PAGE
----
I am Ben Berkowitz and I am a Jew. I co-wrote and directed a film called POLISH BAR. I come from a long line of Chicago Jews, and this movie was for them. From the very first page I thought of all those tough, resourceful Midwestern Yids. Chicago Jews have a specific colloquial charm, calling Matzot “Matzee” and sometimes referring to Yiddish as Jewish. I love that Maxwell Street generation, and am proud to be connected to it.
Going into the making of this film, I definitely had an agenda. I wanted to make a Jewish film. I wanted to make a Chicago film. But mostly, I wanted to make a good film. I, along with all the producers and partners, worked really hard to write, develop, and wait patiently for actors, money, and production, post-production, and more post-production, in order to have the movie we now present to the world.
To make a film like POLISH BAR takes a lot of time and a lot of debate. We went through innumerable versions of scripts, casting sessions, meetings about why we should make it, who with, when, where, and for how much. The range of people of interest, or those agreed to be in it, or those who were invited to be in the film at any point were a peculiar group of huge stars and character actors we loved, and were changing up until the very last minute. Finally, in the midst of pre-production, we were able to finalize our eclectic and amazing cast. Vincent Piazza, Golden Brooks, James Badge Dale, Dov Tiefenbach, and the awesome trifecta of Richard Belzer, Meat Loaf Aday and Judd Hirsch.
After endless perseverance we made it to Chicago and began pre-production, collecting all the stuff we need to make this movie; location scouts, cattle calls for the right extras and bar-flies, DJs, and props. I wanted to nail the Lubavitcher Hassidic element — so many movies crumble and fall from this, it’s a true fact that often Hollywood just doesn’t get Religious Jews right. It was important to make sure that we were accurate enough that if an Observant Jew ever saw part of this movie they would feel someone took the time to represent them honestly and with respect.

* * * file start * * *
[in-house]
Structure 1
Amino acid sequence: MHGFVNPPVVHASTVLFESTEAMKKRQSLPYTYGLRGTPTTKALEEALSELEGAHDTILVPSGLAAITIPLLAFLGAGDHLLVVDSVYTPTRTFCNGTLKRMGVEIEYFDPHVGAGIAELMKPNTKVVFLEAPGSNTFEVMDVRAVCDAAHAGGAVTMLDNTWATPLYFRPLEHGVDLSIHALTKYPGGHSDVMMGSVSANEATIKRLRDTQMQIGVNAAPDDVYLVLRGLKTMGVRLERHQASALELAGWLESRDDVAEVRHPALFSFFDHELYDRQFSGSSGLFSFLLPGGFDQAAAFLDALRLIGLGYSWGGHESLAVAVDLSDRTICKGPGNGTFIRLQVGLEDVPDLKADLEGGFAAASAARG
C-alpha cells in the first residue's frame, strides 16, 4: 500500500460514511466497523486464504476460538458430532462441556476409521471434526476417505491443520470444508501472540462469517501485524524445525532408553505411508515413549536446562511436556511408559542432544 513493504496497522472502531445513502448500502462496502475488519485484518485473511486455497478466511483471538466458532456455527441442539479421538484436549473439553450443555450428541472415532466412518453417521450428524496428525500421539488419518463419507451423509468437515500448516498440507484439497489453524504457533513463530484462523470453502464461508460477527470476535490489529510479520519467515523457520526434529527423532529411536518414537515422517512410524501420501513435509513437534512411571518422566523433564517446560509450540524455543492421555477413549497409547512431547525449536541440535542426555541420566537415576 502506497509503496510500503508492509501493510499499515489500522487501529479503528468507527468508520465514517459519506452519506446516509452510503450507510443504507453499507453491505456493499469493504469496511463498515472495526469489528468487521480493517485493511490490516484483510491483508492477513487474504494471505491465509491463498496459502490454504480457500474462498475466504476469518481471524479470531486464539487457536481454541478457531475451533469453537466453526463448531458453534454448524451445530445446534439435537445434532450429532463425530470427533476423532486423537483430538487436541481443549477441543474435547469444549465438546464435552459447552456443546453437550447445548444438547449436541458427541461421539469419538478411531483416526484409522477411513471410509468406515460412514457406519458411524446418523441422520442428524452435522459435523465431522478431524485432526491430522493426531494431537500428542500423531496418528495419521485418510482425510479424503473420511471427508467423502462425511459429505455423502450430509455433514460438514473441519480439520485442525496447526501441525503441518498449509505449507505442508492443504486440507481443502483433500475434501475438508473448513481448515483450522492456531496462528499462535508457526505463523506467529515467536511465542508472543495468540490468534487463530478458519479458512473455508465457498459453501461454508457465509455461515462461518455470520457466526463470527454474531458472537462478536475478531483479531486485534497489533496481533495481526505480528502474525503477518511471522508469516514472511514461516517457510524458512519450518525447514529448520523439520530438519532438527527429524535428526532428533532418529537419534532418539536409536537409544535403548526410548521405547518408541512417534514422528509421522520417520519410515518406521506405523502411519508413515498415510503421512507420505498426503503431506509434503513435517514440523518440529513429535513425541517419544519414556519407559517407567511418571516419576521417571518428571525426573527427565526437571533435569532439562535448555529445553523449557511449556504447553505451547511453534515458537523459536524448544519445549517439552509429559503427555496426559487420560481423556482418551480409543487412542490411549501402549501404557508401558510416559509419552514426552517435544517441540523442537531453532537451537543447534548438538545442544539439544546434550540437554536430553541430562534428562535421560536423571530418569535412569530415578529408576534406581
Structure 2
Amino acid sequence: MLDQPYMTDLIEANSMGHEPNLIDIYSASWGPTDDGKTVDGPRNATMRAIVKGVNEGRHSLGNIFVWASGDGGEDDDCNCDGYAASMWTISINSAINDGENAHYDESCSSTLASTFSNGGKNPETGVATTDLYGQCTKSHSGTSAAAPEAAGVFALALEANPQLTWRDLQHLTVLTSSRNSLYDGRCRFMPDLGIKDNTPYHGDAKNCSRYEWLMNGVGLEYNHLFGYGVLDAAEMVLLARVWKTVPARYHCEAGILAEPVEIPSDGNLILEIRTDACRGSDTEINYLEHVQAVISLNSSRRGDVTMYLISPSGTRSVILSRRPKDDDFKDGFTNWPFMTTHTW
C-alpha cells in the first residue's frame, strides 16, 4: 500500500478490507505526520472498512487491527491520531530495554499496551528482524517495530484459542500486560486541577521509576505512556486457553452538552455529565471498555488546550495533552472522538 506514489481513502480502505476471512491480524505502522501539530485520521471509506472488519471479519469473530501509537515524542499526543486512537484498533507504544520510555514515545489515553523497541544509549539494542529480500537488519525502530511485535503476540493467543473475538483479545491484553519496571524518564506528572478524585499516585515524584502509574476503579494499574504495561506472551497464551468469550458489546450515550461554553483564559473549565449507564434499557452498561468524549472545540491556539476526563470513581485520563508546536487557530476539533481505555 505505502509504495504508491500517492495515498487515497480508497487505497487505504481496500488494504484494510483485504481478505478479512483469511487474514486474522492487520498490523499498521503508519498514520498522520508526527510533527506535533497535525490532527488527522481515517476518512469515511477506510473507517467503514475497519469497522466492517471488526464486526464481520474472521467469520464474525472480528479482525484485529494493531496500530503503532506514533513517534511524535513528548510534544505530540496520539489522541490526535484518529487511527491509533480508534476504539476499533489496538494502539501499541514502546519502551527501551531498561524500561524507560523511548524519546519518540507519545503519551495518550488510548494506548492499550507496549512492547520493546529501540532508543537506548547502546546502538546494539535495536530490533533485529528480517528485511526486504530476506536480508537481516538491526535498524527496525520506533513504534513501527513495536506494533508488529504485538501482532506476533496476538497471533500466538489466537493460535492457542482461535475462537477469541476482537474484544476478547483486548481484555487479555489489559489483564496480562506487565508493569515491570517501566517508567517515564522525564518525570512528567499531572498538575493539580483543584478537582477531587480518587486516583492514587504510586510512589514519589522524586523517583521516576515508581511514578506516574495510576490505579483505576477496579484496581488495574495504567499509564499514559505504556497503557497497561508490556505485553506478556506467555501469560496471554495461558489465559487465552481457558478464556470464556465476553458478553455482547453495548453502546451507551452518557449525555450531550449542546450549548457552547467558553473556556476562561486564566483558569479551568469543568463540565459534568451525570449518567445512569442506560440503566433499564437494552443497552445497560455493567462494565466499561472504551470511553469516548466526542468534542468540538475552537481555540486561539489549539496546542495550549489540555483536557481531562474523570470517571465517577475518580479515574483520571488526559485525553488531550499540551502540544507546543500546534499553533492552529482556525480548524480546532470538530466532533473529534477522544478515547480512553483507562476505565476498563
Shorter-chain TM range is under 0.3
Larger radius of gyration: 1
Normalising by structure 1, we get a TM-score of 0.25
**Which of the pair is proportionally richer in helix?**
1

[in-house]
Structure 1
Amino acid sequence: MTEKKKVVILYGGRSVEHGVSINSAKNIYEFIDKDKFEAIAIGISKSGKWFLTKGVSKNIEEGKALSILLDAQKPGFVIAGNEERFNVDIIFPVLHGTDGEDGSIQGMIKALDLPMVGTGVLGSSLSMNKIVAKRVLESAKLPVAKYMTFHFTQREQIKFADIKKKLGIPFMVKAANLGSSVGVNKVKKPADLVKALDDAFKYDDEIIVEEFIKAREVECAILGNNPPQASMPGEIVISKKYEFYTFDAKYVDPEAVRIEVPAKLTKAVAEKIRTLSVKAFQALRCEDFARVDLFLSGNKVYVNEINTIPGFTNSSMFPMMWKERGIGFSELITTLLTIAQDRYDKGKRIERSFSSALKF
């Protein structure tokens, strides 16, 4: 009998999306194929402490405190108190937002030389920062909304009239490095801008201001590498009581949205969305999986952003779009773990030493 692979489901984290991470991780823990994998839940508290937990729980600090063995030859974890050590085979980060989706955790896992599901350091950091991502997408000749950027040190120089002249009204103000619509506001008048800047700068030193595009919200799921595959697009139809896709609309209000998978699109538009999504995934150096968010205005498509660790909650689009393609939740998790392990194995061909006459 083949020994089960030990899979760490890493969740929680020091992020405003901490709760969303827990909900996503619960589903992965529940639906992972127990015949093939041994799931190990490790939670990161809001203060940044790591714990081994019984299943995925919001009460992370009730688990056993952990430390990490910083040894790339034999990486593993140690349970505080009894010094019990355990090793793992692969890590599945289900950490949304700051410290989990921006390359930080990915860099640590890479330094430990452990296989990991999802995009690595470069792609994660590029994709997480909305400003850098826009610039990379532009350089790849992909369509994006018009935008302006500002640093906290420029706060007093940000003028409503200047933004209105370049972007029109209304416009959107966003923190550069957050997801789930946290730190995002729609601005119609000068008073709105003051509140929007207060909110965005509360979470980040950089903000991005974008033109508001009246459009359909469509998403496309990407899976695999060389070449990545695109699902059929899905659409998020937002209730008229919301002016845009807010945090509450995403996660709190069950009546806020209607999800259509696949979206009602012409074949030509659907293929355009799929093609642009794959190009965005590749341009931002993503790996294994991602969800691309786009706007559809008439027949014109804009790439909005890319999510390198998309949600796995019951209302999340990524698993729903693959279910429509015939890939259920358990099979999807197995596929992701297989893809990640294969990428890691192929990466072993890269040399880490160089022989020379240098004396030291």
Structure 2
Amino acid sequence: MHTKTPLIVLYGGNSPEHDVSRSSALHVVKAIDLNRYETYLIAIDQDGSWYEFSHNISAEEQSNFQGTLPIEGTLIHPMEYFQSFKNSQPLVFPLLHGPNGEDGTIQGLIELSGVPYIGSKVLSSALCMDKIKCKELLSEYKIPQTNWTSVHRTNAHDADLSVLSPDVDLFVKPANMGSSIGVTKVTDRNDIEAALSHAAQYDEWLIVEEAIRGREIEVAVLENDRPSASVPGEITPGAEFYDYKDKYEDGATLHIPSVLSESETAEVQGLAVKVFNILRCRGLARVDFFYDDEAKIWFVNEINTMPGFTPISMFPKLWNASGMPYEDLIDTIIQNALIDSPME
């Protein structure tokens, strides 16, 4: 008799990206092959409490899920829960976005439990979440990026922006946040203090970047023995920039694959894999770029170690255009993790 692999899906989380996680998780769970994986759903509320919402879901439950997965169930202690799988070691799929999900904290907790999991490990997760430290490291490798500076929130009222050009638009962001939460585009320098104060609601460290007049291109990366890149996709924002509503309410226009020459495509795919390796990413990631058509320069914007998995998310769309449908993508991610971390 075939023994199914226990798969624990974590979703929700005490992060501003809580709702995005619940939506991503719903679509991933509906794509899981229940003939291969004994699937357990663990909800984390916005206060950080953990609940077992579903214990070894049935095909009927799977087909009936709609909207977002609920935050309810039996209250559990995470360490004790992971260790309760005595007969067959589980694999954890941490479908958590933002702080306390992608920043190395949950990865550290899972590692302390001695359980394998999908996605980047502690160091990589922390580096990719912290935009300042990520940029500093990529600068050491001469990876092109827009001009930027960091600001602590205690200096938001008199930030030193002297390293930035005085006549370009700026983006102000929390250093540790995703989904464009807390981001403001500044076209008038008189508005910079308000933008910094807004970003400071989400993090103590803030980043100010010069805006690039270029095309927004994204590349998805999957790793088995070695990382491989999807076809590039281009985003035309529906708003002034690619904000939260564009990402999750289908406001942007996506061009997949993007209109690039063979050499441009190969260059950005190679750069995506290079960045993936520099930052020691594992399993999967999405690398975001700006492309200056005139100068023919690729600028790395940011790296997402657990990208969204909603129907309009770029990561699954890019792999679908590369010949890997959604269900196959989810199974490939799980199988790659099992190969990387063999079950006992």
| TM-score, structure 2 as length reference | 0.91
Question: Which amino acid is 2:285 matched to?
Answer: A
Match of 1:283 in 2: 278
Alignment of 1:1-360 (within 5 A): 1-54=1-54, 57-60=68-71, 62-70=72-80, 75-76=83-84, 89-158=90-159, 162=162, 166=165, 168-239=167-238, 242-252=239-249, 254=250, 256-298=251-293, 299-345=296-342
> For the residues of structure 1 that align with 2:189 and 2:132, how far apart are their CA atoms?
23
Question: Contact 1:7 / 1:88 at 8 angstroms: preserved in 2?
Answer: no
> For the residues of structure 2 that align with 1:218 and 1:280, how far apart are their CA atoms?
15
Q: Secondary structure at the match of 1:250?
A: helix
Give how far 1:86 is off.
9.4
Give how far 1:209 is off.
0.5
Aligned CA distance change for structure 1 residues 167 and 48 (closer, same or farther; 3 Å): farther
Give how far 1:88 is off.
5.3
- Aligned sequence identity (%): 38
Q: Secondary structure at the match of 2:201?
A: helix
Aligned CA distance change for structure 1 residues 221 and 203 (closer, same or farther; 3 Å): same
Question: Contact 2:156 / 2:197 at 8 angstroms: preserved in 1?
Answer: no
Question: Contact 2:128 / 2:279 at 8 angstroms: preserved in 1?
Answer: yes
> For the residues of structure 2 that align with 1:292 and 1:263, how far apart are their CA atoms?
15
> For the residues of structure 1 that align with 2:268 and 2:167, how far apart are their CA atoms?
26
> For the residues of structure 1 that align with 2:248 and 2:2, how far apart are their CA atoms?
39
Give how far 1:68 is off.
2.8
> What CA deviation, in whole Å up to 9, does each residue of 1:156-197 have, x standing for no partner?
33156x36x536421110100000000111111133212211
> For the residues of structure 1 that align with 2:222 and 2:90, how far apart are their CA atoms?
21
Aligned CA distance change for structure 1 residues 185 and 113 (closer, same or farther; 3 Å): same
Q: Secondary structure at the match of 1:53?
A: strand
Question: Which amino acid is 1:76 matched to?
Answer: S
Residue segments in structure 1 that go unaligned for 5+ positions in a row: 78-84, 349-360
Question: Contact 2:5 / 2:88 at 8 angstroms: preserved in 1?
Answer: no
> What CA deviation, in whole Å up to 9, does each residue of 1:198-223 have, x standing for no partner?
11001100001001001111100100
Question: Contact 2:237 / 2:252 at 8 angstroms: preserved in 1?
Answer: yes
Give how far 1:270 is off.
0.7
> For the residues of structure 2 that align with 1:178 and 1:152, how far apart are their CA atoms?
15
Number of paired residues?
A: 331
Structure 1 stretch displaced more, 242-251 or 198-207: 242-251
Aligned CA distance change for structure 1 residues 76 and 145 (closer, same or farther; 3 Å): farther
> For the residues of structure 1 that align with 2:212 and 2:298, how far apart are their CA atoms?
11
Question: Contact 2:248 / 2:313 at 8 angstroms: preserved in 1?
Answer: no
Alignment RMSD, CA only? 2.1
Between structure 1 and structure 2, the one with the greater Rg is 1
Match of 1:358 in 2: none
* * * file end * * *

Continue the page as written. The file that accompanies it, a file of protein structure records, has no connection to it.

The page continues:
I didn’t want to fool anyone – they knew there was content in the movie that was not possible for their community to view or even discuss. I began every conversation with “…this is a movie with lots of things you might not want to see or hear, but the Jewish part of the film – the soul of the film – I want it to be respectful and kosher.” I was striving for the kind of authenticity you get from a Mike Leigh or Ken Loach film set in the UK, where after you watch the film you feel that you really know what it’s like to live there. I wanted to immerse people into the world of Polish Bar and Reuben’s family.